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Airborne Seafarers

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Anyone who has spent more than a little time in aviation has experienced the loss of a co-worker, or a friend, or a family member, or an acquaintance. I don't think I would have any fingers left if I started counting the people I have known fairly well who have pulled up stakes for warmer climes. But the impact of such a large loss as we have just experienced has made itself felt across a broad stretch of the Canadian landscape.


As the Premier of Newfoundland said in a recent statement, "We are a seafaring people who have for centuries lived from the sea, people risking their lives every day... yet, we will never, ever be able to accept the loss of precious lives to the sea". That is certainly true of the people of Newfoundland, who have been hit hardest by this tragedy, but aviators are truly modern seafarers and have a close bond with each other around the world.


It's impossible for me not to contemplate being onboard Cougar 491 and I feel as though I have been stabbed through the heart. Those in aviation, almost from the very beginning of flight, have engaged in "grave yard humour" wherein we make light of the potential dangers we face and tragedies past, but there's always the momentary silence at the end of levity, as our inherent mortality and shared humanity makes itself felt.


One of the worst things in a situation like this is the "not knowing", and (as pointed out in another thread) anyone in maintenance who has ever watched their ship fly off never to return has felt the proverbial sword of Damocles hanging above them as they fervently hope and pray that nothing they did contributed to, and nothing they could have done would have changed, the final outcome. We all err and it's human nature to shoulder a feeling of guilt like a dark cloud blocking the sun, even when our rational brain tells us we did what we were supposed to do properly and well. It's important for all of us to show support to all involved and reassure those close to the heart of the matter that we're all in the same boat.


Finally we have the passengers, who everyday put their trust in us and our aircraft, knowing we will get them to where they need to be and will get them home when it's time. I think it's harder for the loved ones of the "innocents" in such a calamitous occurrence, as a life in aviation comes with an understanding of what may happen, slim though the chances may be. But for those not in the business, an aviation occurrence is something to be watched on the news, not brought home at night. Newfoundlanders are know around the world for being very hardy people, but also for being close and community minded, a natural development from eking out a joint existence on a huge chunk of granite, and making it one of the most pleasant places to visit I have ever been. I can only imagine the emotional turmoil in many houses in Newfoundland and elsewhere tonight.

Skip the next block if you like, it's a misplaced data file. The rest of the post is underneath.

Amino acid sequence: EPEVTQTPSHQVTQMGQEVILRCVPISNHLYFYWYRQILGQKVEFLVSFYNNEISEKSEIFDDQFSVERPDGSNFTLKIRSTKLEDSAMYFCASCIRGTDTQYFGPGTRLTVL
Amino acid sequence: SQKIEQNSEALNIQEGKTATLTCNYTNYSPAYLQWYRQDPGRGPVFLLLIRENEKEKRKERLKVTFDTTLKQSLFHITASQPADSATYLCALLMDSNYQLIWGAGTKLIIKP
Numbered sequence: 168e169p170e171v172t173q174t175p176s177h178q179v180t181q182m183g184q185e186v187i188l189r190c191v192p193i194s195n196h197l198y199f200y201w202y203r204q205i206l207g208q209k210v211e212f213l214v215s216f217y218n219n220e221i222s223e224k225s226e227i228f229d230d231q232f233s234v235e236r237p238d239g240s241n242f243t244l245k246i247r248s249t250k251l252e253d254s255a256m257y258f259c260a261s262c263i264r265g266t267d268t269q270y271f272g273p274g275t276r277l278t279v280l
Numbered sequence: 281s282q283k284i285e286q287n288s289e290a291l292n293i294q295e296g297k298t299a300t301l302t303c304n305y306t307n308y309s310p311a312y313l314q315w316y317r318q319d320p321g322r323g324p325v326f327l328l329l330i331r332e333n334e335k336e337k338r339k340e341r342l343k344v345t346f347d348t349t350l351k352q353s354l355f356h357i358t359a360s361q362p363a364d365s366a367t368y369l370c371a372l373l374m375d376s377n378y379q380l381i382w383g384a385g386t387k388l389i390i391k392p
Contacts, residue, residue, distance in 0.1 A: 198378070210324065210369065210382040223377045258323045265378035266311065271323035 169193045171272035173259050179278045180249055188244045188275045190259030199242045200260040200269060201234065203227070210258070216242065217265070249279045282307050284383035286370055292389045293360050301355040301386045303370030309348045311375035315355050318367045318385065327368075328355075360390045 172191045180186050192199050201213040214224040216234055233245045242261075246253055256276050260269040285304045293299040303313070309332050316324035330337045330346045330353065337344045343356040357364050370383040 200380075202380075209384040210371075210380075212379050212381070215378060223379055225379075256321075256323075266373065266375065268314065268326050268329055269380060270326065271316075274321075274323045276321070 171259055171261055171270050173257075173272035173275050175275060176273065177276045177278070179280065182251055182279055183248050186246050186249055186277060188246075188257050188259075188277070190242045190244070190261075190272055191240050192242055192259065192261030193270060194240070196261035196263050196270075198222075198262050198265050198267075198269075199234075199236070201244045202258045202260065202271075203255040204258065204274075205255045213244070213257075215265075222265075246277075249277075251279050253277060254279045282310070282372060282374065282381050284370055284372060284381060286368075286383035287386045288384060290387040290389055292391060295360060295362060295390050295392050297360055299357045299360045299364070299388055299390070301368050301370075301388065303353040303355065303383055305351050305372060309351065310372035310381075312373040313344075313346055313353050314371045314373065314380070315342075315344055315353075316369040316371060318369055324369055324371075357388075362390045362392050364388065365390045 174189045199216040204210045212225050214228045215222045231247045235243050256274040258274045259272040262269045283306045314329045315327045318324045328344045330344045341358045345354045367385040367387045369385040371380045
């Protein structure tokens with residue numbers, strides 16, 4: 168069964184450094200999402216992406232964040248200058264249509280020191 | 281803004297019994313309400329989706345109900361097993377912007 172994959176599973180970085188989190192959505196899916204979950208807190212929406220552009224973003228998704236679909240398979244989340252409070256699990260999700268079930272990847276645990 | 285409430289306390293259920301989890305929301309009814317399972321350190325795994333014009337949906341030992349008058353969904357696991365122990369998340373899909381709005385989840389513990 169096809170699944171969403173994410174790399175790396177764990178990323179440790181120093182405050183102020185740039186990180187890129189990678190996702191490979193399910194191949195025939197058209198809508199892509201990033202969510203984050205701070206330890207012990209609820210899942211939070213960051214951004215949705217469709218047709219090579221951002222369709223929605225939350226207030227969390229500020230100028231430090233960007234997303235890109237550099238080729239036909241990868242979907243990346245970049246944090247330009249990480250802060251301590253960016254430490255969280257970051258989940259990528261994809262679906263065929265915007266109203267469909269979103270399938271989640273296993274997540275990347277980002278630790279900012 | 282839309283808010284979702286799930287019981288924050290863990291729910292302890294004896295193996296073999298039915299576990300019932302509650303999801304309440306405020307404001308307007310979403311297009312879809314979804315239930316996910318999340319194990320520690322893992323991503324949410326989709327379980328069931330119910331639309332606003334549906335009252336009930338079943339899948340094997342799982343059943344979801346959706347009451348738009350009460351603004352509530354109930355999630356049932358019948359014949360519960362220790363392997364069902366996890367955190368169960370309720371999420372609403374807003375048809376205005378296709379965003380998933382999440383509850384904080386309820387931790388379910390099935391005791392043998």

Words are just words, but all we have sometimes. I have heard from many people over the last couple of days and I wanted to pass on the shared emotion and hearfelt condolences of people I know around the world who have been touched by our shared loss. We are all in it together.



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By far the best written post on Vertical mag.


Being from the east coast, having lived in St. John's, knowing how close knit these communities are, having friends at Cougar, has left me speechless in the few days. HV took everything I wish I could have said and said it.


This was just way to close to home.

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Hello fellow aviators,


As someone who is at "ground zero" to this enormous tragedy...your good wishes and kind words have helped. In these times of conflicting information and sometimes lack of information reported by the press, it is soooo important to wait for the facts. As written so well by HV... who was the person who gave me my first flying job and start in the industry, it means alot to read that well written take on the situation....thanks HV.....I hope no one has to ever be a part of something so horrible...but please know as an aviation community, everything possible is being done to comfort the familys and friends affected by this. The VIH group has pulled out all the stops as far as co operation and support for the affected families of both passengers and crew members....................... I am very proud to be part of such a tight nit family.

Fly safe all and hug your loved ones every chance you get.







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wow...i usually just read an silently follow the threads on here..but that is the most well written, and moving post ive read to date....well said HV. something like this puts everything going on in our industry, and the world for that matter, into perspective as to what is really important. my deepest, more sincere sympathy to everyone involved in this terrible tragedy.

S. D.

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I'm afraid I made a mistake about the flight number being "911". I received several pm's from people telling me it was actually "991" and now I have been told it was actually "491". It may seem inconsequential but I truly want there to be no element of disrespect and so wish to apologize for the inaccuracy.



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